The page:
Antarctica has many kinds of snow and ice. Only s…

Difficulties of Day Excursion

Though the day excursions are always welcome and I am always looking for an opportunity to tag along with any party going for field work, there are many inconveniences one has to face and handled. First is putting on a few layers of clothing. Then one has to wear thick polar gloves which make handling cameras or any other activity difficult. Then there is balaclava and the snow glasses (like the one used in skiing) etc. And then I carry two cameras. They also prove heavy if you are negotiating a glacier or walking on a frozen lake or descending or ascending through big uneven boulders. I have to carry cameras in thick protective cases so that the battery compartment remains warm enough to prevent malfunctioning and early discharge. In midst of all this it is very easy to lose any article. I have to take off gloves or snow glasses repeatedly to handle camera, or remove balaclava when it gets too warm. I have already lost a pair of gloves but for no fault of mine.

Though my constant wear…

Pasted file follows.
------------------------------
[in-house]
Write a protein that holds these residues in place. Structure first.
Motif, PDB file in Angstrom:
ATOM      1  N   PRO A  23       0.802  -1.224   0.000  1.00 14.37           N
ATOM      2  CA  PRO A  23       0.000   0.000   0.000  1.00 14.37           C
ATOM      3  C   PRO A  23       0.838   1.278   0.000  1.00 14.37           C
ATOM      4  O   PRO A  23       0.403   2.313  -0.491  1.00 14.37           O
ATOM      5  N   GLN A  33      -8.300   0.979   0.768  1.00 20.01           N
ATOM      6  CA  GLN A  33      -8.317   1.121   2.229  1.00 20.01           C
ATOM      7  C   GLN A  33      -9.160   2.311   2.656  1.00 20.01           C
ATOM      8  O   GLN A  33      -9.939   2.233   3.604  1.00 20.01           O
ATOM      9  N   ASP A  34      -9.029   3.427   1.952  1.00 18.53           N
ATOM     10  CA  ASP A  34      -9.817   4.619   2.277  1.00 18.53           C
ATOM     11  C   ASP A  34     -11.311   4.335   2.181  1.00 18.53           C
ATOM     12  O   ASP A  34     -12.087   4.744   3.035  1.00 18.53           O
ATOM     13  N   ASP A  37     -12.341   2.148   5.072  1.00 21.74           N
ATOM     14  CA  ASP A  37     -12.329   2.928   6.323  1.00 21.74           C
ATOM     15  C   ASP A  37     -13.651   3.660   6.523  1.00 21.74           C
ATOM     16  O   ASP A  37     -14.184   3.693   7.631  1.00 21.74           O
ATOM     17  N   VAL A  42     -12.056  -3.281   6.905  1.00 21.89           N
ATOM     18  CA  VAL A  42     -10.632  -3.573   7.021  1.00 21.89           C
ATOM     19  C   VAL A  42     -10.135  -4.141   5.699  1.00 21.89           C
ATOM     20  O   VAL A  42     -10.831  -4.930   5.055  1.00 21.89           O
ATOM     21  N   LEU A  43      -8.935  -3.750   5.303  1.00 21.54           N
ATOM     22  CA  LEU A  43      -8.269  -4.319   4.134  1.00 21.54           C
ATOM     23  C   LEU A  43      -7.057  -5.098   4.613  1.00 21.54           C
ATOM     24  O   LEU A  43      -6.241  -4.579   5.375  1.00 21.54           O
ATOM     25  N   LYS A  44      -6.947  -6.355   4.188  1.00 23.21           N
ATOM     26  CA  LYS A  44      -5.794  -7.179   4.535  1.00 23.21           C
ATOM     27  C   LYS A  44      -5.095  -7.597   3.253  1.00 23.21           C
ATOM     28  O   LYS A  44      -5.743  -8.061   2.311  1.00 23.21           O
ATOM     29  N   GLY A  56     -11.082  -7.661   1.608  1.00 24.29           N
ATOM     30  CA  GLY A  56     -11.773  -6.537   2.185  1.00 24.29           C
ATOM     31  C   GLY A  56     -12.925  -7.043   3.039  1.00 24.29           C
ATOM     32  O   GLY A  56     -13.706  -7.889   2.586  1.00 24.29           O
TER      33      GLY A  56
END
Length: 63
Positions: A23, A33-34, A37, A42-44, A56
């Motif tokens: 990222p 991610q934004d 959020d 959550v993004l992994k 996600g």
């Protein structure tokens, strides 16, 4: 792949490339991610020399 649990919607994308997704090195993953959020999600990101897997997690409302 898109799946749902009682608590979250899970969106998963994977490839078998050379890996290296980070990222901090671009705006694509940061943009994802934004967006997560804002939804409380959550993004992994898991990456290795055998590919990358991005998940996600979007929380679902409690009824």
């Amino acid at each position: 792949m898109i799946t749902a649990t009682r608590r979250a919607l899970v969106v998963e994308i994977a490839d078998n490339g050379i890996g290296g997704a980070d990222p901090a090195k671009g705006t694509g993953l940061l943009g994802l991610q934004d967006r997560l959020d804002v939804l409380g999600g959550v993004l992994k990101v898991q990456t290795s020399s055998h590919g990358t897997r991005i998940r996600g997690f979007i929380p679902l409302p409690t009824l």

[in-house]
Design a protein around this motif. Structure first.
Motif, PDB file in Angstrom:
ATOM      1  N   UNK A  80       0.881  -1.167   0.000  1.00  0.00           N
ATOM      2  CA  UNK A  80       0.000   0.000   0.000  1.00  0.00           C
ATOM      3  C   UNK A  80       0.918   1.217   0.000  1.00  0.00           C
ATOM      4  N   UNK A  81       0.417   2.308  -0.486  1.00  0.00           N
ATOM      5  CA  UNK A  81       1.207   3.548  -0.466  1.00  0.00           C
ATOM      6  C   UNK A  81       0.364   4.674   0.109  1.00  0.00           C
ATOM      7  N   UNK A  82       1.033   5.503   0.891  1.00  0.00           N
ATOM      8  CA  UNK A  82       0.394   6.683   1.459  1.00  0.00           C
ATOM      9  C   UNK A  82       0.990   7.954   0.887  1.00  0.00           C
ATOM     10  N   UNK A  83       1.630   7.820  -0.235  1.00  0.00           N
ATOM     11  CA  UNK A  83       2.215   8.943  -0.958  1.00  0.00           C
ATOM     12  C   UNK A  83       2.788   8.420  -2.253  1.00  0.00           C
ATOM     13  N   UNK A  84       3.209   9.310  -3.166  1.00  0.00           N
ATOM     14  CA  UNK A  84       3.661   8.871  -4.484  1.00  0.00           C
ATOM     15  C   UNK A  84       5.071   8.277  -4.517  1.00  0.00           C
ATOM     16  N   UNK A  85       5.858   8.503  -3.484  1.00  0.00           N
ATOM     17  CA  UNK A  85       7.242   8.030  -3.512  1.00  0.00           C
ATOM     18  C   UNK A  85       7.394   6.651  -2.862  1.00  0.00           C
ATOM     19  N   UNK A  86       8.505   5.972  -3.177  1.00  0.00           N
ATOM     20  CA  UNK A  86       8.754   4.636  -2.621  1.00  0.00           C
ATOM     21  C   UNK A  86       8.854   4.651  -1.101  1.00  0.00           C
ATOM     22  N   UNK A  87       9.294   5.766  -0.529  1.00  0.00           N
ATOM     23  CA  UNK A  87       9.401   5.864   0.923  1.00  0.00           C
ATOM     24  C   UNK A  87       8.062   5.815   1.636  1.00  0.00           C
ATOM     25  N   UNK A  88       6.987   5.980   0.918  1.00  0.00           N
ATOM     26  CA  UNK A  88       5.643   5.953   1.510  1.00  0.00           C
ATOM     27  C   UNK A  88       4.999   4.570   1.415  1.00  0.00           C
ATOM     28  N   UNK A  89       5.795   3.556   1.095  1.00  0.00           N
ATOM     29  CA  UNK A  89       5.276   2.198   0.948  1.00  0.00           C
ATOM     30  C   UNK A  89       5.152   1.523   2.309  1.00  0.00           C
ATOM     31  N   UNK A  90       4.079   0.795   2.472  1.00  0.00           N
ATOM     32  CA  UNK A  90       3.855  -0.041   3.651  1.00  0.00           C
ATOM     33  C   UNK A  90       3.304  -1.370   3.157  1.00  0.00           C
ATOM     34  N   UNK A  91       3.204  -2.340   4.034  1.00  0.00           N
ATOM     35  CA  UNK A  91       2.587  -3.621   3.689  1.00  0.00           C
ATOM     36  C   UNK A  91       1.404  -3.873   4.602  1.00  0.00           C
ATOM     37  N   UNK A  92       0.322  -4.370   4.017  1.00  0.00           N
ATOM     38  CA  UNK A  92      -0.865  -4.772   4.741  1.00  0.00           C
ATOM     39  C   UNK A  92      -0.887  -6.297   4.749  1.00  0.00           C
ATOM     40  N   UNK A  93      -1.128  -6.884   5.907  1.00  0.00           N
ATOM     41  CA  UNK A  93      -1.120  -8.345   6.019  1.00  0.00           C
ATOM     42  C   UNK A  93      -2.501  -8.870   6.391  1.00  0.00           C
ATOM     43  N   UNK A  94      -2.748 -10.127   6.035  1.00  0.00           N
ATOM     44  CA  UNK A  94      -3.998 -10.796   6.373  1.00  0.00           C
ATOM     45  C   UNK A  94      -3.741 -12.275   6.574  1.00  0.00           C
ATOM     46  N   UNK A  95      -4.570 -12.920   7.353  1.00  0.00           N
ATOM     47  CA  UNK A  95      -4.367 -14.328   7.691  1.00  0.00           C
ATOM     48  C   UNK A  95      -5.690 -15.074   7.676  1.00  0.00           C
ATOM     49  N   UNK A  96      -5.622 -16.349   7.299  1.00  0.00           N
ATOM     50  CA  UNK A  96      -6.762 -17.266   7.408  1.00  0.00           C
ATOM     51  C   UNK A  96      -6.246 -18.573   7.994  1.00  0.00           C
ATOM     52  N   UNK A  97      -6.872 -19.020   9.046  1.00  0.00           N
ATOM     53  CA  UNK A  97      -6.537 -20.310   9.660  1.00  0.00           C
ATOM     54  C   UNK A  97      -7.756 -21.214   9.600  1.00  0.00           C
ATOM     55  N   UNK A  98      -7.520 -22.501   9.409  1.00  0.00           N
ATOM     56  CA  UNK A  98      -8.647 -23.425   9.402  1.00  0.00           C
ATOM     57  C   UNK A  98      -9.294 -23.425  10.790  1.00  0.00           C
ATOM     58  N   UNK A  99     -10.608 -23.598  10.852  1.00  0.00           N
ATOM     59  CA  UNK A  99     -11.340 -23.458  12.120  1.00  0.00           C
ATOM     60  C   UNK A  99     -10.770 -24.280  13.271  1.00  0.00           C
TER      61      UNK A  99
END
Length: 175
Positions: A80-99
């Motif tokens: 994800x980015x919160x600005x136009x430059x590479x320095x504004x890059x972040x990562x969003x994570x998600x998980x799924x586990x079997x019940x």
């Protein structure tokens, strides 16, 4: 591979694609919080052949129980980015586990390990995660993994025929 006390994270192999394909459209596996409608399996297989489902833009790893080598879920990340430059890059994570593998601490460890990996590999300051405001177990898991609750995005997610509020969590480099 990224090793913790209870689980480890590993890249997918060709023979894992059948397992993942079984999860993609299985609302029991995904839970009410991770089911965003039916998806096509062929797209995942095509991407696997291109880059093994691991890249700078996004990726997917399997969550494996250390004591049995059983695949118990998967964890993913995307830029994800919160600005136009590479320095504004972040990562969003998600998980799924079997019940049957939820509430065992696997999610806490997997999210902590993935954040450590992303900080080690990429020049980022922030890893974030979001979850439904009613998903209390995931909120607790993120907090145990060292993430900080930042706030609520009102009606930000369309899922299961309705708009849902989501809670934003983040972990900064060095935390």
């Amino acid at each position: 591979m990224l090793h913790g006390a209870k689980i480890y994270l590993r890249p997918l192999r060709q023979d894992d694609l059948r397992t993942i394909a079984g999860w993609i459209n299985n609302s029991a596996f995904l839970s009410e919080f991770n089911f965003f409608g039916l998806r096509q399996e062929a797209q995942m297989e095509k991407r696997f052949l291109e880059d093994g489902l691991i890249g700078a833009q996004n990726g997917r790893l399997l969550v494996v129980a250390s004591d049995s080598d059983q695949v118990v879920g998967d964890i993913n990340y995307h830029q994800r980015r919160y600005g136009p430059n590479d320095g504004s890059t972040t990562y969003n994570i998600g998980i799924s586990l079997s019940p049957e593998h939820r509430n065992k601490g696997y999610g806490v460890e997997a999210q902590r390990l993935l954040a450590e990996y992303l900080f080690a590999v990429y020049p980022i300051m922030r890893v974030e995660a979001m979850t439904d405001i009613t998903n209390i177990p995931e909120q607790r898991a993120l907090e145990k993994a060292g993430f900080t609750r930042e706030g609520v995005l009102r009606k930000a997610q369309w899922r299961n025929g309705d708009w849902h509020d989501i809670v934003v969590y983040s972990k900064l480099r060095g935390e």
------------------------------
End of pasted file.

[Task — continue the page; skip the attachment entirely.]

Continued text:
A Bird Attack!

It had remained quite windy yesterday, but today late morning it started getting better, and now at 7 pm there is no wind. I went out for a walk with NK (a colleague) and then a skua tried attacking us. Perhaps we had gone very near its nest. I had seen its shadow hovering over us, but suddenly I realized this shadow was right near my feet, small and dark. I realized immediately it was right over my head. I saw it just 1 ft away from my head with menacing eyes and open claws. Its beak is like that of eagle or kite since it is a hunter and scavenger. Its pet birds for hunting are snow petrel and young Adelie penguins. I tried to shoo it away by sound and moving my hand. But it was not to be scared. I had my camera with me and I started rotating it above my head vigorously since I did not want to be attacked on my face. I was not wearing big snow glasses. NK tried to protect himself with a screw-driver that he was carrying. It attacked the screw-driver a few times, and then flew away. B…

Visit to a Russian Station

ANTARCTICA ON 05.12.2007:

Today six of us walked to the Russian station, Novo. It is about 5 km away surrounded on 3 sides by ice-shelf, so the minimum temperature goes much below as compared to the Indian station. As per protocol, our leader, Mr. D. Jay Paul, had informed telephonically the leader of the Russian station about our arrival. Today there has been no sun, it is cloudy all over and has been snowing intermittently. So walk of one and a half hour was not exhausting at all. On the way we met a penguin, Adelie, who was on the frozen part of the lake and swam across on seeing us to welcome us. Since they are not used to human presence, they are not shy of us humans.